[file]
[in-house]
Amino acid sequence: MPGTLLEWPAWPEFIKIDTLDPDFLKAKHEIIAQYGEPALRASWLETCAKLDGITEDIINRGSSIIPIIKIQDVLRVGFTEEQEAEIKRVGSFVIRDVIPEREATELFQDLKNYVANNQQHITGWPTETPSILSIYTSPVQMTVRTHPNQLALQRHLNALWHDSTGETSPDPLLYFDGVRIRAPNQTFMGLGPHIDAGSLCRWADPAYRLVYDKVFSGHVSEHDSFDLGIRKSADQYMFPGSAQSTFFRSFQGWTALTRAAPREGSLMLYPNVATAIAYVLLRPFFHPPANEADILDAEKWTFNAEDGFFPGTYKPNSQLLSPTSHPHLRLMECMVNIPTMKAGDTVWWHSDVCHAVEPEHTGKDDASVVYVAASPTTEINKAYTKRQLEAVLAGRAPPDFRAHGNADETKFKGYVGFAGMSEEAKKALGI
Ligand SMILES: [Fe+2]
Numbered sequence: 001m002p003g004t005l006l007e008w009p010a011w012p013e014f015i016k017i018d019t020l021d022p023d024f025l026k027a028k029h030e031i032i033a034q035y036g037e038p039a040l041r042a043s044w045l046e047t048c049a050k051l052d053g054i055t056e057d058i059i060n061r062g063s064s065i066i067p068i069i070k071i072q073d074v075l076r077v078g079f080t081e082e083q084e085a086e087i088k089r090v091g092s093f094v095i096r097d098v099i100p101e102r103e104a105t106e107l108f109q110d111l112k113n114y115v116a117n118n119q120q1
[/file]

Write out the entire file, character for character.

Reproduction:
[in-house]
Amino acid sequence: MPGTLLEWPAWPEFIKIDTLDPDFLKAKHEIIAQYGEPALRASWLETCAKLDGITEDIINRGSSIIPIIKIQDVLRVGFTEEQEAEIKRVGSFVIRDVIPEREATELFQDLKNYVANNQQHITGWPTETPSILSIYTSPVQMTVRTHPNQLALQRHLNALWHDSTGETSPDPLLYFDGVRIRAPNQTFMGLGPHIDAGSLCRWADPAYRLVYDKVFSGHVSEHDSFDLGIRKSADQYMFPGSAQSTFFRSFQGWTALTRAAPREGSLMLYPNVATAIAYVLLRPFFHPPANEADILDAEKWTFNAEDGFFPGTYKPNSQLLSPTSHPHLRLMECMVNIPTMKAGDTVWWHSDVCHAVEPEHTGKDDASVVYVAASPTTEINKAYTKRQLEAVLAGRAPPDFRAHGNADETKFKGYVGFAGMSEEAKKALGI
Ligand SMILES: [Fe+2]
Numbered sequence: 001m002p003g004t005l006l007e008w009p010a011w012p013e014f015i016k017i018d019t020l021d022p023d024f025l026k027a028k029h030e031i032i033a034q035y036g037e038p039a040l041r042a043s044w045l046e047t048c049a050k051l052d053g054i055t056e057d058i059i060n061r062g063s064s065i066i067p068i069i070k071i072q073d074v075l076r077v078g079f080t081e082e083q084e085a086e087i088k089r090v091g092s093f094v095i096r097d098v099i100p101e102r103e104a105t106e107l108f109q110d111l112k113n114y115v116a117n118n119q120q1